The town was surveyed in 1850, laid out in 1854 and named after Sir George Grey who governed the Cape Colony between 1854 and 1861. Its coat of arms feature elements of that of Sir Grey, together with the Zulu name of the area, Umgungundlovana ‘place of the elephant’.
Having been both a garrison and supply depot for the military in the Eighteenth century, Greytown is on the battlefield route. It was also at the centre of the Natal Rebellion of 1906 (also known as the Bambatha Rebellion), and celebrated its centenary in 2006.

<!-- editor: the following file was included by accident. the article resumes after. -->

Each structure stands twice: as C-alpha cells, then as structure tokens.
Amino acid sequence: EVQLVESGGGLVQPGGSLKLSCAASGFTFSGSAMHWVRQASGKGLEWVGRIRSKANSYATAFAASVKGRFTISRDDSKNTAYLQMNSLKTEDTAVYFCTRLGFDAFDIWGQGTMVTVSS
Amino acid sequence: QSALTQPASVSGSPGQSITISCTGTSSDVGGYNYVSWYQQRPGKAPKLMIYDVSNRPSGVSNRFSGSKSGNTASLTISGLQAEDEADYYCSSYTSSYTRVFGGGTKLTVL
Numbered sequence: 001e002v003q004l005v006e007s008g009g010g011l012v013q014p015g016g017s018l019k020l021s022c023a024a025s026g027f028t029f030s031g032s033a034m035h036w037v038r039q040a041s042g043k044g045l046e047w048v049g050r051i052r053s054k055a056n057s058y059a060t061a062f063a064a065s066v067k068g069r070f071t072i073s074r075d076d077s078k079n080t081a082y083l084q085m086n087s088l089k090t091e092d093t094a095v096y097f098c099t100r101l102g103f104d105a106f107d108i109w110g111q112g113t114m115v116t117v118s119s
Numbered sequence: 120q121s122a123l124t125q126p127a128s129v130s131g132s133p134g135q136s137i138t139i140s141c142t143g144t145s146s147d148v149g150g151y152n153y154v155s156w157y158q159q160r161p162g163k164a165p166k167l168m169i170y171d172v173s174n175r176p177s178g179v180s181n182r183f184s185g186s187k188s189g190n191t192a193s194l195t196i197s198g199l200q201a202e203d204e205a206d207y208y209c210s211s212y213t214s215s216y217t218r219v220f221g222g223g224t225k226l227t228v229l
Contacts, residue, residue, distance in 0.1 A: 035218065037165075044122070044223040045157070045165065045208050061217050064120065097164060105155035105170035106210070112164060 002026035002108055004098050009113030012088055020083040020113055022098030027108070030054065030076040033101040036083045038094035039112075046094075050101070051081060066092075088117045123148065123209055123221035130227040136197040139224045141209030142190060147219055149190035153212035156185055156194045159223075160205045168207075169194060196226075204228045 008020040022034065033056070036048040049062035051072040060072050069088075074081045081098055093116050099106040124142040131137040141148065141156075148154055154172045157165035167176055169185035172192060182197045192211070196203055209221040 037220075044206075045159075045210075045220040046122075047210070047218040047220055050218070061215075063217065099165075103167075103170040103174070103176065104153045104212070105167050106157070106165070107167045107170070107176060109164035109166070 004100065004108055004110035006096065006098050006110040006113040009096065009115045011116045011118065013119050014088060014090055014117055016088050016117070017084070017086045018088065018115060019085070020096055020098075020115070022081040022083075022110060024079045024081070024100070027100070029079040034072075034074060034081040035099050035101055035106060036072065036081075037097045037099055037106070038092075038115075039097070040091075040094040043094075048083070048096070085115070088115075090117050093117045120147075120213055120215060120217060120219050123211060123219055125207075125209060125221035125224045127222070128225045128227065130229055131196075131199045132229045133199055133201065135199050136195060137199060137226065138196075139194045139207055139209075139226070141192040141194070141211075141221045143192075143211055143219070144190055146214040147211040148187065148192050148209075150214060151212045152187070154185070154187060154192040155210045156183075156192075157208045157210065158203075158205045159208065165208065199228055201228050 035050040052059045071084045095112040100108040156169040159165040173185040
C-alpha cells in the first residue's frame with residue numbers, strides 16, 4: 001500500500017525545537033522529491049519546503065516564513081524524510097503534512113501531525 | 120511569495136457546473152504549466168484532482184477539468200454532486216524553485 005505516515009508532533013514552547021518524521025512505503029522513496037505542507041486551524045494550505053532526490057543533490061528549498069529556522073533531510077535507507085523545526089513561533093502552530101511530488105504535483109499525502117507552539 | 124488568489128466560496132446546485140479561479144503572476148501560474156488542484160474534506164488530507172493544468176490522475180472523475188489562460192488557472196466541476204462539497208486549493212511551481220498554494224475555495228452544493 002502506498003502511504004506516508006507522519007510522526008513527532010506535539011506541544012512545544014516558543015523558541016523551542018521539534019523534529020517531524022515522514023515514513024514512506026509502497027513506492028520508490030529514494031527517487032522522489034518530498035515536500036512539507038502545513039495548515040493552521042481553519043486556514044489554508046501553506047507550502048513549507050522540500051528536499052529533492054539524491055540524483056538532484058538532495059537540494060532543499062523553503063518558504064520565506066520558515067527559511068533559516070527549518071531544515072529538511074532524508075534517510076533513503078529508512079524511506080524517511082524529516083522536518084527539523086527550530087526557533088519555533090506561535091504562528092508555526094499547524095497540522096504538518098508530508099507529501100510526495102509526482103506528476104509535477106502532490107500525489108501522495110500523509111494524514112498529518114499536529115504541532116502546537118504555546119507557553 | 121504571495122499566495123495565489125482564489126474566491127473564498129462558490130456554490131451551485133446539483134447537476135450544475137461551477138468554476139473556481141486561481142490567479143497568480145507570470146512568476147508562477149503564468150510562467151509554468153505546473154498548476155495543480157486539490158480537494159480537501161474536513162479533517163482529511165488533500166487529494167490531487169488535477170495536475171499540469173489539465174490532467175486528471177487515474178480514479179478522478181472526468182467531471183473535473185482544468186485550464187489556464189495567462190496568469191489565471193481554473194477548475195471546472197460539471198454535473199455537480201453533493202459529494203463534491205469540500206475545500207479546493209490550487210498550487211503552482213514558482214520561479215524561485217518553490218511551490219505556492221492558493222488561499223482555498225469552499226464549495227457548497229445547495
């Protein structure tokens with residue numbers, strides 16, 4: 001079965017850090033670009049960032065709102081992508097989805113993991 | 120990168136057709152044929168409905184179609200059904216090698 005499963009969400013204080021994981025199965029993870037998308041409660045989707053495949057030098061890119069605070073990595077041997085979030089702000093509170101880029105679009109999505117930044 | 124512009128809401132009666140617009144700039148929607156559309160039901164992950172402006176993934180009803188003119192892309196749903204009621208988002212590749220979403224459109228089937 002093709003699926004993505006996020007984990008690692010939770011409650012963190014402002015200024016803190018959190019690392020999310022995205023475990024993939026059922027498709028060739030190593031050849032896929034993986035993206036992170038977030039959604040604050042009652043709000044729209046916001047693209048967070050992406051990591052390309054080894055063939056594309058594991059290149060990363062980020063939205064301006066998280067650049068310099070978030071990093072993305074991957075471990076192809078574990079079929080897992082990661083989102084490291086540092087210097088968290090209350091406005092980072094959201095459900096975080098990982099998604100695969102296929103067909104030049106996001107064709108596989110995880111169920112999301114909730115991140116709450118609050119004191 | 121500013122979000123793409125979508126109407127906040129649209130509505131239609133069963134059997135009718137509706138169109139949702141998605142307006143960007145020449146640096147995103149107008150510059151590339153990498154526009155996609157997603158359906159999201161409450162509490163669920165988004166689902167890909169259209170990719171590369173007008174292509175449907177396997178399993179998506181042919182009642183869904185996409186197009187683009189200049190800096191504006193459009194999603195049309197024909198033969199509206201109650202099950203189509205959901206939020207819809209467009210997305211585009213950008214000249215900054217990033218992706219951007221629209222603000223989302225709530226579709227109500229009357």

The mainstay of the local economy is agriculture; livestock; maize; timber and sugar cane. Several areas are well preserved as both wetlands and grasslands, but as one travels north towards Msinga (one of the last areas of traditional Zulu life) and Dundee, the vegetation changes dramatically to thornveld. The museum and town hall (venue of the trial of Din Zulu KaCetshwayo) in Greytown are National Monuments.